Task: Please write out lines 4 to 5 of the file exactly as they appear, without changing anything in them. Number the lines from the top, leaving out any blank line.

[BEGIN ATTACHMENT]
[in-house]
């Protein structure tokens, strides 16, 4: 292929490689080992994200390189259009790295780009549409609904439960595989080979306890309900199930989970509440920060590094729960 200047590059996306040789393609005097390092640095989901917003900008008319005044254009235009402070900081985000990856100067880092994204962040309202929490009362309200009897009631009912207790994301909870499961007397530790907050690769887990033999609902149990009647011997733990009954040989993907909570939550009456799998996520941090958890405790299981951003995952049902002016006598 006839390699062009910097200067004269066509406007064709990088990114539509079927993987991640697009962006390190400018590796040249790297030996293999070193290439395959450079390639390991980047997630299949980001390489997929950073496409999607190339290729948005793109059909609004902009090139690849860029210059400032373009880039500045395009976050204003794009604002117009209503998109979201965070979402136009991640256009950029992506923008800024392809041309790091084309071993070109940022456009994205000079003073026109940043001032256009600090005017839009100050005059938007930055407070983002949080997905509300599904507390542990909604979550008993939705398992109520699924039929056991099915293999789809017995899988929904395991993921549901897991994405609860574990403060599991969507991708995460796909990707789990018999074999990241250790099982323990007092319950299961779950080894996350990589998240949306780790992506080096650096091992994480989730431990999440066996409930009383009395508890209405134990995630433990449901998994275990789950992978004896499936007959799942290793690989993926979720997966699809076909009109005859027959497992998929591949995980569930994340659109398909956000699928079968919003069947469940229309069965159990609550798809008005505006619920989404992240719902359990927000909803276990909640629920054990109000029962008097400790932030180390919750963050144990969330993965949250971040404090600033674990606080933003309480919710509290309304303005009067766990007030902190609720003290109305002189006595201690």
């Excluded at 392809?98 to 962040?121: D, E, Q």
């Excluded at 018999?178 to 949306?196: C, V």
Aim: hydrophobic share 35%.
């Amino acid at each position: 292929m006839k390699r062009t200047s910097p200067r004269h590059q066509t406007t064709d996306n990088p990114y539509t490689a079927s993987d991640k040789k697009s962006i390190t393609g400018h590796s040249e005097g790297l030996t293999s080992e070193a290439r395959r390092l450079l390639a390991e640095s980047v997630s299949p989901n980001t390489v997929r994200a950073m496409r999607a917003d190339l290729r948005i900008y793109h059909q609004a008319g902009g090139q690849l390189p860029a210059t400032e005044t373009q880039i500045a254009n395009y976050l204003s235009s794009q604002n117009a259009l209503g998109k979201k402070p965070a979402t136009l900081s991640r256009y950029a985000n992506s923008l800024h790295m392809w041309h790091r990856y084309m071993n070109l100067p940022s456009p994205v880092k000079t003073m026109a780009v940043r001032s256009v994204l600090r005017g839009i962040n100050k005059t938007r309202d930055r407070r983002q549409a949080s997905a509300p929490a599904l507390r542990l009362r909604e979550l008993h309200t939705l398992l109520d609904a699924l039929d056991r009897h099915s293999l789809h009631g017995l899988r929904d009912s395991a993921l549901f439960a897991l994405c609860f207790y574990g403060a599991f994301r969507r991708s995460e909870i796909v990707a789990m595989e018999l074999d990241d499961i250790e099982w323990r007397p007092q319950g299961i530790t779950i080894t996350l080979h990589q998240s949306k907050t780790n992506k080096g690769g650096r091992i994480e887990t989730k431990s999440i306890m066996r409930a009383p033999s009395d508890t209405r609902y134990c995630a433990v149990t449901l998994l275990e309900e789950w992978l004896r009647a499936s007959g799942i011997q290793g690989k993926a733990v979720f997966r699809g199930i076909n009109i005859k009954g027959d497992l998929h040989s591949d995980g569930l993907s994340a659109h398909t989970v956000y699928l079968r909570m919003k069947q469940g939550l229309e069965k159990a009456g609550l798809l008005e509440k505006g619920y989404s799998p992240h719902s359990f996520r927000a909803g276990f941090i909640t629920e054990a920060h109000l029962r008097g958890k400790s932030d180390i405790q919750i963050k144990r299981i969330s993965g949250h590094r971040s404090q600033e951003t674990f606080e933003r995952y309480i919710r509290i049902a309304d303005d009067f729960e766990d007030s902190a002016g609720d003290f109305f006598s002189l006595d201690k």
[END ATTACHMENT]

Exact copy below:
């Excluded at 018999?178 to 949306?196: C, V």
Aim: hydrophobic share 35%.